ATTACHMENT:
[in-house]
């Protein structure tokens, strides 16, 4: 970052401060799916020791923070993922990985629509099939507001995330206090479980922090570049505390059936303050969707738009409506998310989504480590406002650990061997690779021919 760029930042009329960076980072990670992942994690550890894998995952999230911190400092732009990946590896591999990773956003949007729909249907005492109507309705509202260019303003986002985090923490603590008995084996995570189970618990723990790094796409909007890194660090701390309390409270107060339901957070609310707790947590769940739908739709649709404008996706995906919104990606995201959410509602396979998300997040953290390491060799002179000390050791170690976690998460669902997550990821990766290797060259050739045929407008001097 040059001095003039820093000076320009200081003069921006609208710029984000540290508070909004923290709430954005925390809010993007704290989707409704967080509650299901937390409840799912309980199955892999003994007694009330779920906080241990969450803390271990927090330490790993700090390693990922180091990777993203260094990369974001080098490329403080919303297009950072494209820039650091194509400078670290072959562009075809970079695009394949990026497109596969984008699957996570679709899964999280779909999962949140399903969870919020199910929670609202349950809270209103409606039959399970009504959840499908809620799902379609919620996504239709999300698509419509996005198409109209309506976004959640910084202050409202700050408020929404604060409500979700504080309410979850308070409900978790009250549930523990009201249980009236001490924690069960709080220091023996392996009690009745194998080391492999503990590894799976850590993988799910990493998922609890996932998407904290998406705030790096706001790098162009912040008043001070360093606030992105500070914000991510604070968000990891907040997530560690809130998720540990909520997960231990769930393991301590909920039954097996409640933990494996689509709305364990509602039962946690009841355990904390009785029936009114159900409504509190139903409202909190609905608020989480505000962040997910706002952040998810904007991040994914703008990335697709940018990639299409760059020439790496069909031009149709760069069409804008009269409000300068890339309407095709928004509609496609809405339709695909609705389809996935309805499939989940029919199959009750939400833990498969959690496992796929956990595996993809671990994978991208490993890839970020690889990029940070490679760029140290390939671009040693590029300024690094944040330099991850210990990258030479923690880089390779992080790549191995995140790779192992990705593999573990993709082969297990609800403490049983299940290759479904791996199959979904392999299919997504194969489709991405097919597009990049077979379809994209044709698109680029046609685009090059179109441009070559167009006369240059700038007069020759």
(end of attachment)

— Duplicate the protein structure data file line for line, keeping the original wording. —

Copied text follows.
[in-house]
């Protein structure tokens, strides 16, 4: 970052401060799916020791923070993922990985629509099939507001995330206090479980922090570049505390059936303050969707738009409506998310989504480590406002650990061997690779021919 760029930042009329960076980072990670992942994690550890894998995952999230911190400092732009990946590896591999990773956003949007729909249907005492109507309705509202260019303003986002985090923490603590008995084996995570189970618990723990790094796409909007890194660090701390309390409270107060339901957070609310707790947590769940739908739709649709404008996706995906919104990606995201959410509602396979998300997040953290390491060799002179000390050791170690976690998460669902997550990821990766290797060259050739045929407008001097 040059001095003039820093000076320009200081003069921006609208710029984000540290508070909004923290709430954005925390809010993007704290989707409704967080509650299901937390409840799912309980199955892999003994007694009330779920906080241990969450803390271990927090330490790993700090390693990922180091990777993203260094990369974001080098490329403080919303297009950072494209820039650091194509400078670290072959562009075809970079695009394949990026497109596969984008699957996570679709899964999280779909999962949140399903969870919020199910929670609202349950809270209103409606039959399970009504959840499908809620799902379609919620996504239709999300698509419509996005198409109209309506976004959640910084202050409202700050408020929404604060409500979700504080309410979850308070409900978790009250549930523990009201249980009236001490924690069960709080220091023996392996009690009745194998080391492999503990590894799976850590993988799910990493998922609890996932998407904290998406705030790096706001790098162009912040008043001070360093606030992105500070914000991510604070968000990891907040997530560690809130998720540990909520997960231990769930393991301590909920039954097996409640933990494996689509709305364990509602039962946690009841355990904390009785029936009114159900409504509190139903409202909190609905608020989480505000962040997910706002952040998810904007991040994914703008990335697709940018990639299409760059020439790496069909031009149709760069069409804008009269409000300068890339309407095709928004509609496609809405339709695909609705389809996935309805499939989940029919199959009750939400833990498969959690496992796929956990595996993809671990994978991208490993890839970020690889990029940070490679760029140290390939671009040693590029300024690094944040330099991850210990990258030479923690880089390779992080790549191995995140790779192992990705593999573990993709082969297990609800403490049983299940290759479904791996199959979904392999299919997504194969489709991405097919597009990049077979379809994209044709698109680029046609685009090059179109441009070559167009006369240059700038007069020759």